Although LA CASA 4 is commonly known to American audiences as WITCHERY, this was the video retitling to distinguish it from the American WITCHCRAFT made the same year that spawned a thirteen-entry series. The export title was actually WITCHCRAFT: EVIL ENCOUNTERS, but it was released in the UK as GHOSTHOUSE II to distinguish it from Sean Barton's PANGA which was released in the UK as WITCHCRAFT by RCA/Columbia. Two groups of people converge on a deserted old hotel on a lonely New England island. The first is the family of greedy Rose (Annie Ross, BASKET CASE II) and lecherous Freddie Brooks (Bob Champagne, who had a small role in GHOSTHOUSE) who have bought the hotel in hopes of turning it into an exclusive club. They are accompanied by their pregnant unwed daughter Jane (Linda Blair, THE EXORCIST) and younger son Tommy (Michael Manchester), as well as lusty architect Linda (Catherine Hickland, GHOST TOWN) and estate agent Jerry (Rick Farnsworth). The second group consists of virginal, mealy-mouthed university student Leslie (Leslie Cumming, KILLER BIRDS) and her blue-balled boyfriend Gary (David Hasselhoff, TV's KNIGHT RIDER) who are there to study and photograph the phenomenon of the "witch's light" which appears without any scientific cause on the island every day at noon (which Leslie thinks is related to a German text about an island in the new world where witch burnings took place and a pregnant woman committed suicide rather than be executed as a witch). When the Brooks' hired boat takes off (unknown to them, he has been murdered is hanging in his own fishing lines), the group is stranded on the island as the waves become treacherous. No one believes little Tommy's story about meeting a Lady in Black (Hildegard Knef, FEDORA) – who might be the spirit of the Gloria Swanson in SUNSET BOULEVARD-esque German actress who shot a film at the hotel and never left – but soon she and her unholy minions are picking off the stranded guests one-by-one according to their sin in order to open up the gates of hell.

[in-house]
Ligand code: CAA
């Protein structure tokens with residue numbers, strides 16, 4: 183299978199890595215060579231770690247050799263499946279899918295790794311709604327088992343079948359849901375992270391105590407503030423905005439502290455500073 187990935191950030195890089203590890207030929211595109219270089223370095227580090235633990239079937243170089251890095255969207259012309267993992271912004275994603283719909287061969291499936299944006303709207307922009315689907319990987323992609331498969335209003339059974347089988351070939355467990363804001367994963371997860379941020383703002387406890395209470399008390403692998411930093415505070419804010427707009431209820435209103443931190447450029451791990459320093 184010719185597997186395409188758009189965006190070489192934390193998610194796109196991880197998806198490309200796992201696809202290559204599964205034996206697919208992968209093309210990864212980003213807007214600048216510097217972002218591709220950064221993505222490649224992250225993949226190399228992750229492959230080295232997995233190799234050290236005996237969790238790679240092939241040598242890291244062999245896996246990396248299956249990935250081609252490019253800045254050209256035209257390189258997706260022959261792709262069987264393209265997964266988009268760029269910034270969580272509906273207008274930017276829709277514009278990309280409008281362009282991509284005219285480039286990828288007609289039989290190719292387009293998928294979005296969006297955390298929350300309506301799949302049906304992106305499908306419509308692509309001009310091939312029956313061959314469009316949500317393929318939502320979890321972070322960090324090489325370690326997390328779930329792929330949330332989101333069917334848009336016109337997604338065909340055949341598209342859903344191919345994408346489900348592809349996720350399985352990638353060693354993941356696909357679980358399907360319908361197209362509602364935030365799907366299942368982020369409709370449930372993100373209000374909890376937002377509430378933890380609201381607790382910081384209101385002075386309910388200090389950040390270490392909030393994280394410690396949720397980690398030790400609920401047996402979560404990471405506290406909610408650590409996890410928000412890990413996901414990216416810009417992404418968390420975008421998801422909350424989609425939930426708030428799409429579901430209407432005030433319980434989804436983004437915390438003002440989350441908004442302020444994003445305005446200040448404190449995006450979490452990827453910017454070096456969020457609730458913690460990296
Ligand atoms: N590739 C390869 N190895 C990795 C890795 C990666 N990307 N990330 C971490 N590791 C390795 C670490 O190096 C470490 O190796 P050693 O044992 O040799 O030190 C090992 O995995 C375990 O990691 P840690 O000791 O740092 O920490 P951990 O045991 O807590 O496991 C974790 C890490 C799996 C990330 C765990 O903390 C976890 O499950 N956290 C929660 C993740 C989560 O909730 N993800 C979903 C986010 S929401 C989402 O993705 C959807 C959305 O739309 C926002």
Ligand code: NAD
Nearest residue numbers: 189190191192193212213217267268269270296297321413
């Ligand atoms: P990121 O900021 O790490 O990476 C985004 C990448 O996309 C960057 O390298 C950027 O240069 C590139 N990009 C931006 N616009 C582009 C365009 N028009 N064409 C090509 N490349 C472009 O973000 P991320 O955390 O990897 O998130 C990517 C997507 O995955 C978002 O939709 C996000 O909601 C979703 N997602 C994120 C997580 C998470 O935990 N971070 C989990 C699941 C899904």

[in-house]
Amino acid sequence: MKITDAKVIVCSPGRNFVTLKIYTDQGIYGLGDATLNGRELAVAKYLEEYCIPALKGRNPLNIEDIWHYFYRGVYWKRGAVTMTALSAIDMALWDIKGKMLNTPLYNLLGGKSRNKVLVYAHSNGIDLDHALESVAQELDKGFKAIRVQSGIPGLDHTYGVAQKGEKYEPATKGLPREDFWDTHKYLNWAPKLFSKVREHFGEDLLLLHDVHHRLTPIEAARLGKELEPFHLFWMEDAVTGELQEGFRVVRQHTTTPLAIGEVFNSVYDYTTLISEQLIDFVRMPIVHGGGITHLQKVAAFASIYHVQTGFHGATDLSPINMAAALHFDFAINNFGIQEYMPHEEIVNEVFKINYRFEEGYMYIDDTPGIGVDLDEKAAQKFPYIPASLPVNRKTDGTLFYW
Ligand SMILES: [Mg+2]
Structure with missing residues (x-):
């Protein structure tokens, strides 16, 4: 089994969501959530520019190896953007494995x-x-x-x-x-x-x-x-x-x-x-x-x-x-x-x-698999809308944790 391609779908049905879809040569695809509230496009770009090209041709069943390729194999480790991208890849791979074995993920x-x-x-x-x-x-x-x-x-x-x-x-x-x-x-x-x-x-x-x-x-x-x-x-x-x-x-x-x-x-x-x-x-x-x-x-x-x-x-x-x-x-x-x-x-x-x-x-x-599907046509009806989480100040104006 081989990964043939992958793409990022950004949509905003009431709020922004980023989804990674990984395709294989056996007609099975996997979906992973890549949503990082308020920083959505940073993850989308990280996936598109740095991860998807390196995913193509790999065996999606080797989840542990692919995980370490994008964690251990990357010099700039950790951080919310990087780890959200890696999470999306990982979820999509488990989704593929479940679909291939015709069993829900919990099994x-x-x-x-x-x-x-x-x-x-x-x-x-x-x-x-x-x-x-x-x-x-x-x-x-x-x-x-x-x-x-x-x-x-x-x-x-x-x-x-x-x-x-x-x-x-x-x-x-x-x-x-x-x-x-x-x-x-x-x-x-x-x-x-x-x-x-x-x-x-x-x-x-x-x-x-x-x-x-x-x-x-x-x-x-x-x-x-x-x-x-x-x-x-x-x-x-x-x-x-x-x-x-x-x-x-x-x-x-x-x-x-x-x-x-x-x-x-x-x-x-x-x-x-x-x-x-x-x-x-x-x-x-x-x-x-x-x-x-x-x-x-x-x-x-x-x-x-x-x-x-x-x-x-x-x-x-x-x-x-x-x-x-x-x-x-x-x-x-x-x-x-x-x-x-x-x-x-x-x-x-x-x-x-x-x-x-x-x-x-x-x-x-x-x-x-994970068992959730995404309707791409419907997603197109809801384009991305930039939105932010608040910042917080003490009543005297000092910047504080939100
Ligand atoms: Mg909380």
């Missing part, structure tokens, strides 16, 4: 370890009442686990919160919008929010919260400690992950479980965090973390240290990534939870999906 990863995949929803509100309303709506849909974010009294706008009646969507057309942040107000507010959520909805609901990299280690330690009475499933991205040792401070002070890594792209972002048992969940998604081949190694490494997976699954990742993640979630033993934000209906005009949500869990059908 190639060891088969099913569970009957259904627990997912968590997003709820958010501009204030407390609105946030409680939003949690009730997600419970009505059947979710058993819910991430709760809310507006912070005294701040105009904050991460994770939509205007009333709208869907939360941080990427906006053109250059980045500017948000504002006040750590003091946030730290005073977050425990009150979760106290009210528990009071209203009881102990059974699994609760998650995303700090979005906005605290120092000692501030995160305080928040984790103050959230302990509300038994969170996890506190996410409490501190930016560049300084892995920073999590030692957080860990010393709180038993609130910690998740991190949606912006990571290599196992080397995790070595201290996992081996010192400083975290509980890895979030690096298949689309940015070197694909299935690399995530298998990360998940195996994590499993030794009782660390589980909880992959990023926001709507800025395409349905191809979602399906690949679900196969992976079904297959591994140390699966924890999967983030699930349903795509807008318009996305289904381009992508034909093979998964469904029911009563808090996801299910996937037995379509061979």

While GHOSTHOUSE was a cluttered series of paranormal setpieces, WITCHERY highlights a handful of death scenes that are more unpleasant in concept than in execution (with hit-and-miss make-up effects by DAWN OF THE MUMMY's Maurizio Trani) and a cluttered back-story of witch burnings and a nutty actress may be somehow possessed and looking for a new body (or something). Despite the scripted dialogue, performances are more naturalistic (although not always good) and undubbed, with Knef coming off best despite her heavy accent. While the film – written by Daniele Stroppa (THE WAX MASK) and directed by first timer Fabrizio Laurenti, who was married to actress Mary Sellers from GHOSTHOUSE and would later helm CONTAMINATION .7 for D'Amato and the underrated THE ROOM NEXT DOOR for producer Pupi Avati (ZEDER) – is not as "fun" as GHOSTHOUSE, it is certainly more vicious. The climax and freeze frame surprise ending are wonderfully laughable because of its predictability and Cumming's performance (along with the end title vocal which is heard earlier in a more vintage version during the haunted projector sequence). Carlo Maria Cordio's score (which is available in MP3 as part of an library compilation release with his cues for THE BITE and AMOK TRAIN) was reused for LA CASA 5 (along with some tracks from Cordio's KILLING BIRDS score).